While cotton may be one of the most common clothing materials out there and popular for everyday life, camping enthusiasts will tell you that it doesn’t make for the best outdoor clothing due to the fact it retains water and takes a long time to dry. Wearing whites isn’t advised for the obvious fact they will get dirty, however, darker colors should be avoided if you expect to experience a lot of sun and heat since they will absorb the sunlight more. Stick to lighter non-white colors to stay cool or light-colored clothing with patterns if you’re worried about concealing dirt and stains.

Clothing should be rugged but not restrictive. Wearing clothing that is too tight will make hiking and even sitting around camp uncomfortable and can lead to chaffing. Wear breathable underwear and socks and stick to synthetic fabrics like polyester or polypropylene for your shirts and pants as these fabrics will help regulate your body temperature and dry fast. Natural merino wool is another great choice for keeping a comfortable body temperature in both warm and cold weather. Fleece makes a great mid-insulating layer; while you’ll want to look for an outer shell layer that has a high hydrostatic rating that will keep you dry all day and a high degree of breathability to prevent you from over-sweating.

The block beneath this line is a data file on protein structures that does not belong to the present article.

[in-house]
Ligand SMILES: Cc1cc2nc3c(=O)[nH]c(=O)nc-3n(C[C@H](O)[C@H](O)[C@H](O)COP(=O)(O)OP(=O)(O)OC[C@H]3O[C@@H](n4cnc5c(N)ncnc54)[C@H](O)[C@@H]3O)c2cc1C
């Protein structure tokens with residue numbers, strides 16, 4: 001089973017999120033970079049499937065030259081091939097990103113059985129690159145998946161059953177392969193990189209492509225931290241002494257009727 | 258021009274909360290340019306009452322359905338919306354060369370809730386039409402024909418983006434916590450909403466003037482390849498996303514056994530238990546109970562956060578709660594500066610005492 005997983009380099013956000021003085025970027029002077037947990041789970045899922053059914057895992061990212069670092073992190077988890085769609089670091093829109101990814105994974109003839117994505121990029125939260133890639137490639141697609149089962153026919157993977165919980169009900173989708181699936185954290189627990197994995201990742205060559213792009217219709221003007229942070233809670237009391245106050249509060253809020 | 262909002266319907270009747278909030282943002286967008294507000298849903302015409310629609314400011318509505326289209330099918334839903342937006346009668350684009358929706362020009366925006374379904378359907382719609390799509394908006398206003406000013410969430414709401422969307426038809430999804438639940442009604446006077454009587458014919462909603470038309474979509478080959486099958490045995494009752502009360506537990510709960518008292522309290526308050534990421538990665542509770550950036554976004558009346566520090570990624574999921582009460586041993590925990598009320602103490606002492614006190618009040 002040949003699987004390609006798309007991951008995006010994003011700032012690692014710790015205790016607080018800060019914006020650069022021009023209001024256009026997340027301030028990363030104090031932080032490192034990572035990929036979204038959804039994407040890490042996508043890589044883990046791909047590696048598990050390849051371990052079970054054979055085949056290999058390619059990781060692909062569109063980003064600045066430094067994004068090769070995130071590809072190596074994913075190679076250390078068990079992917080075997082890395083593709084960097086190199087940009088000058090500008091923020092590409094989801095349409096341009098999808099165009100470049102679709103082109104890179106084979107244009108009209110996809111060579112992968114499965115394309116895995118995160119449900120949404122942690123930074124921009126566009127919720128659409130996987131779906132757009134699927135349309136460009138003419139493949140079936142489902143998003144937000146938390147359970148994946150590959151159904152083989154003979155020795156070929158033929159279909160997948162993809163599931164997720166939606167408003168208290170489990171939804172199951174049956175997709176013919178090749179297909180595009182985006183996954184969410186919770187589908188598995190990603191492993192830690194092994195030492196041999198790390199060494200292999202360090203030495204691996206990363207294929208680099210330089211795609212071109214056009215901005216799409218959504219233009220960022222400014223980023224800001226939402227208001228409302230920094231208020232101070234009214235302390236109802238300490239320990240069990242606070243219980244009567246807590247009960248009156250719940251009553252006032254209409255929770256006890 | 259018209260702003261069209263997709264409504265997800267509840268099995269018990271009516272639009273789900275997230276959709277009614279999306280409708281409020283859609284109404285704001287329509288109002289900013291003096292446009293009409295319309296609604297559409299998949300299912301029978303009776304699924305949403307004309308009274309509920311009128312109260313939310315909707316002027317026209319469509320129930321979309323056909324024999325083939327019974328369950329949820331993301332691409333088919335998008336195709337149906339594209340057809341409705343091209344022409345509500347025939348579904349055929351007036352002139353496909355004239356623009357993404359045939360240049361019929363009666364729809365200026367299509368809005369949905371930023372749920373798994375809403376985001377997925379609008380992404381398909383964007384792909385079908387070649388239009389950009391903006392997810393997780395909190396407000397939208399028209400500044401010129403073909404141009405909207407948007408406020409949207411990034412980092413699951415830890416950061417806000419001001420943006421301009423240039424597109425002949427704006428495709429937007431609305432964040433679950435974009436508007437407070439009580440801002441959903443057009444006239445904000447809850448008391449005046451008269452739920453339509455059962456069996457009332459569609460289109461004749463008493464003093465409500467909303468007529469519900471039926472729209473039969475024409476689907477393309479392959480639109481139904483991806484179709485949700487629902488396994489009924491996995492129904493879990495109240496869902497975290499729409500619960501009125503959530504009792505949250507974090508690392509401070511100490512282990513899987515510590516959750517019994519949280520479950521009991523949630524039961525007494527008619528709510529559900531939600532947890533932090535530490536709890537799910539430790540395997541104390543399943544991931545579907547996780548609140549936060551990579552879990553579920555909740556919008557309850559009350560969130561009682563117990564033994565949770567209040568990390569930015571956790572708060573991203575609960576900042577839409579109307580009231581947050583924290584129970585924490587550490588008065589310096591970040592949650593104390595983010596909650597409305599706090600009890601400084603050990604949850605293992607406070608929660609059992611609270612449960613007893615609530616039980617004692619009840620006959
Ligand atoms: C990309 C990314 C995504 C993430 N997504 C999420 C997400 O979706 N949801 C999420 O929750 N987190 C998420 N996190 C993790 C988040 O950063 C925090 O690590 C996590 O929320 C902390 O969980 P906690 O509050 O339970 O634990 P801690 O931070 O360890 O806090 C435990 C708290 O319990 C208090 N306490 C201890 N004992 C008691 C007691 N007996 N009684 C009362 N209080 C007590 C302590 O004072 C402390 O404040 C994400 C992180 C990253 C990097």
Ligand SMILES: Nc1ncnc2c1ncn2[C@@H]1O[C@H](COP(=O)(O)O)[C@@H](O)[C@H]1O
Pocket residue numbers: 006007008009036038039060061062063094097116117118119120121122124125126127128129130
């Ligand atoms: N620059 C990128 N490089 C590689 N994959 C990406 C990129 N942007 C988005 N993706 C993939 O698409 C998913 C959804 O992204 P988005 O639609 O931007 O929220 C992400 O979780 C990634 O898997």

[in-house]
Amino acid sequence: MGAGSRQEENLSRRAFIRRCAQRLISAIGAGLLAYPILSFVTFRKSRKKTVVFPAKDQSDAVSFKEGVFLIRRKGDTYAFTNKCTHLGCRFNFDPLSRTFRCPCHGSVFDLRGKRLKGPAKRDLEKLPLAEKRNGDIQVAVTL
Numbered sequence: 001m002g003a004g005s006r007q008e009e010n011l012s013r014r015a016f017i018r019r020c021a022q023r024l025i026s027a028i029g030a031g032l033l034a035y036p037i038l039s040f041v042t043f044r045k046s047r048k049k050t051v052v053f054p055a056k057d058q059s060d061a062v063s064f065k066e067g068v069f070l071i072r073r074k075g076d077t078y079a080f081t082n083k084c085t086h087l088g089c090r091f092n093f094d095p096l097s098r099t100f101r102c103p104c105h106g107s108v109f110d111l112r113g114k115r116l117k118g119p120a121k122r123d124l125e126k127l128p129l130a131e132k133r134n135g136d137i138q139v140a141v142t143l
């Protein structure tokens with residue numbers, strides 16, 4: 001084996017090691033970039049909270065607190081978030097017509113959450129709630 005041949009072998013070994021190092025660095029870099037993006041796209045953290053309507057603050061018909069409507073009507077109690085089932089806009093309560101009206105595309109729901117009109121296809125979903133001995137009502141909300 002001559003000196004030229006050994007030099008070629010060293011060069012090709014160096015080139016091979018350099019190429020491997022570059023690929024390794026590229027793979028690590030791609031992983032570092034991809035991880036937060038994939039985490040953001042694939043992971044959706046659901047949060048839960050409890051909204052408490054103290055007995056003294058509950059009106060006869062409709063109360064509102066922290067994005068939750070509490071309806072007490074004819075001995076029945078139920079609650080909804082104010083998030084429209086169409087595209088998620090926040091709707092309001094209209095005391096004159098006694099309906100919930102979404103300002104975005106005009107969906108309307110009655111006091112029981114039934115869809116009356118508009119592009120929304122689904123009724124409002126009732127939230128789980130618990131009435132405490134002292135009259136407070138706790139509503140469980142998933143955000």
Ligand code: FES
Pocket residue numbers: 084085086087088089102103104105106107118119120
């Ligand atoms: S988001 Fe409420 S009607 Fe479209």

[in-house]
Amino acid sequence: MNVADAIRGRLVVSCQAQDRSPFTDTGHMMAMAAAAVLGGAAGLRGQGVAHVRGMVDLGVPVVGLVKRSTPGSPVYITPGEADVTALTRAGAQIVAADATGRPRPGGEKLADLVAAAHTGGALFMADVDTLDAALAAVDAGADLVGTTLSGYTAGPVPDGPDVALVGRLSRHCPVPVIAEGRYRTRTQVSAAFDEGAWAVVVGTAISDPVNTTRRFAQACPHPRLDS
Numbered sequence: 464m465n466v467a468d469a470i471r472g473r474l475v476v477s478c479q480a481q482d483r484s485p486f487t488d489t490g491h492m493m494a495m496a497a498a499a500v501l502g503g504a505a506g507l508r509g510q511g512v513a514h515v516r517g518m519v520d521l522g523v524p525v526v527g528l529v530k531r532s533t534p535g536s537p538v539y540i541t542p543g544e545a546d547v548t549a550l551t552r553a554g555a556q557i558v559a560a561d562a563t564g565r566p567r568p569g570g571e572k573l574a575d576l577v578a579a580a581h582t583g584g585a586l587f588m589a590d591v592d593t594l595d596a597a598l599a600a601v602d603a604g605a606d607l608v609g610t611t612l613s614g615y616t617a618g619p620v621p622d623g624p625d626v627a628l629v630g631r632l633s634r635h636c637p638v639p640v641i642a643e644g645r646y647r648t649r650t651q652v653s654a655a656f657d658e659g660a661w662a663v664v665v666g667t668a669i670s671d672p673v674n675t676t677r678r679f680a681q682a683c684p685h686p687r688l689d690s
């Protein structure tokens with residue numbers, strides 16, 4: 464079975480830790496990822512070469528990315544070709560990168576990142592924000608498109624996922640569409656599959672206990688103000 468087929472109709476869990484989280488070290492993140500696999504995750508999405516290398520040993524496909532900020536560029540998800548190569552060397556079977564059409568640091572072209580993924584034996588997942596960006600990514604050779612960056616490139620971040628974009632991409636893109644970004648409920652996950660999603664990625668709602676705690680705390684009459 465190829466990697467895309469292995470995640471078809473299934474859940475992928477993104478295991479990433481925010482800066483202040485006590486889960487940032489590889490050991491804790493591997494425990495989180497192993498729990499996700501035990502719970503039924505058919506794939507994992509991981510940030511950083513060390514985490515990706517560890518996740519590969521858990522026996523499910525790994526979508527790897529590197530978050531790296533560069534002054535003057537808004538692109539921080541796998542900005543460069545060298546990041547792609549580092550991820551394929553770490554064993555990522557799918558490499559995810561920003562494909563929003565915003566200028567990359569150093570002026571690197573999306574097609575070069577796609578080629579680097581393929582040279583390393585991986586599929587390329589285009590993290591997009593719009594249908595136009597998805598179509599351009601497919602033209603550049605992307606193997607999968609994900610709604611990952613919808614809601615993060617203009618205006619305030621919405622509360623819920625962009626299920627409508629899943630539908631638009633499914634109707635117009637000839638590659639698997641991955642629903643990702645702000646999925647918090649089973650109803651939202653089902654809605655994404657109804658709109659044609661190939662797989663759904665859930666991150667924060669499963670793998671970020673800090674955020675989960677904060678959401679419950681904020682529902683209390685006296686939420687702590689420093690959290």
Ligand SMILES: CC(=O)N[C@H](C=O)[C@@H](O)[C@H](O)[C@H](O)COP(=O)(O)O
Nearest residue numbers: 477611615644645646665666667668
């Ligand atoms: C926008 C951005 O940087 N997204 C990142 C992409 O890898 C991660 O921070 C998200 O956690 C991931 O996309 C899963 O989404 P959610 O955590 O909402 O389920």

Camping Sleepwear

Your normal everyday cotton pyjamas probably aren’t the best choice for camping sleepwear as they may not keep you well-insulated during cooler nights and may cause you to sweat during warmer evenings. It’s crucial to stay dry while sleeping. Be sure to start off correctly by changing out of your dirty sweaty clothes you were in all day before settling into your tent or sleeping bag for the night. This will ensure you go to bed dry. Stay dry throughout the night by wearing synthetics or smart wool clothing to bed

If you plan on using a sleeping bag, make sure you know what its temperature rating is. You don’t need to wear bulky insulating clothing to bed if your sleeping bag is rated to withstand quite cold conditions. This will only lead to overheating during the night.

Don’t forget to pack an eye mask in case there’s a full moon or when camping in extreme northern latitudes during the summer where the sun may only go down for a few hours each night, if at all. Having earplugs is another good idea to block out the sounds of nature such as crickets, wind through the trees, and early bird song.

One last piece of advice is to avoid sleeping in clothing that may have absorbed campfire cooking odors. This may attract bears and other critters to you tent. It is also wise to store any scented toiletries outside your tent as they too can attract wildlife.

Footwear

Whether you plan on hiking or not, you should plan on taking a quality pair of durable shoes to wear around camp. If wet weather hits, campsites can get muddy and littered with puddles. Choose a pair of hiking boots that are both waterproof and durable, offering ankle support if you do plan on doing extended hikes.  Make sure to slowly break in newly purchased hiking boots well in advance of your camping trip in order to avoid getting blisters during your holiday.